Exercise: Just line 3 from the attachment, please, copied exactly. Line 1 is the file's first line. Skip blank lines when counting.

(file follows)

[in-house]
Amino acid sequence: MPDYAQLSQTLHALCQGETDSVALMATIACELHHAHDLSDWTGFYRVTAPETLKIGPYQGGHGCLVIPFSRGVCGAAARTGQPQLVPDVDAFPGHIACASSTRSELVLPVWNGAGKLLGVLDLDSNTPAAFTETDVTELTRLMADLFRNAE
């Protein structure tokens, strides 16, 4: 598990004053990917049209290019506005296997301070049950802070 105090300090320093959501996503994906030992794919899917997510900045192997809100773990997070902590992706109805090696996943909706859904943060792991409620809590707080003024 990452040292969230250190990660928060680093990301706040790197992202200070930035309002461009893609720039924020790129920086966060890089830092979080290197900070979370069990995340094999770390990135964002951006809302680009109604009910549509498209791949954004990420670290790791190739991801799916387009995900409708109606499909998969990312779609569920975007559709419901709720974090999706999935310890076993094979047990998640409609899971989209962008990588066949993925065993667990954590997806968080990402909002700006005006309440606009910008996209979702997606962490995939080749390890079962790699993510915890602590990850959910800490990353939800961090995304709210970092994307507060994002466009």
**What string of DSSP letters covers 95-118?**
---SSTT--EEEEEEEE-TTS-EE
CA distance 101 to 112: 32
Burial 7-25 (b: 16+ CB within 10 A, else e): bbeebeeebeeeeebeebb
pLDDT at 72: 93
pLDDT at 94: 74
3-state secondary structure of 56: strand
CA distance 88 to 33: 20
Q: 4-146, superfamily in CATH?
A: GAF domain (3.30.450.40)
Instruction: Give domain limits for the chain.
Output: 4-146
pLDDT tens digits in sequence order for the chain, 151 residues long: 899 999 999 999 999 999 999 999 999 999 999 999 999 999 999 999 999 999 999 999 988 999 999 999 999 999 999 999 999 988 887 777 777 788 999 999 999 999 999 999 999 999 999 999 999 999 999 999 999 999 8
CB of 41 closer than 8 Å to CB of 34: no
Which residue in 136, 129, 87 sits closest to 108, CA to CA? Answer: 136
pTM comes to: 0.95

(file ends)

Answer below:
């Protein structure tokens, strides 16, 4: 598990004053990917049209290019506005296997301070049950802070 105090300090320093959501996503994906030992794919899917997510900045192997809100773990997070902590992706109805090696996943909706859904943060792991409620809590707080003024 990452040292969230250190990660928060680093990301706040790197992202200070930035309002461009893609720039924020790129920086966060890089830092979080290197900070979370069990995340094999770390990135964002951006809302680009109604009910549509498209791949954004990420670290790791190739991801799916387009995900409708109606499909998969990312779609569920975007559709419901709720974090999706999935310890076993094979047990998640409609899971989209962008990588066949993925065993667990954590997806968080990402909002700006005006309440606009910008996209979702997606962490995939080749390890079962790699993510915890602590990850959910800490990353939800961090995304709210970092994307507060994002466009």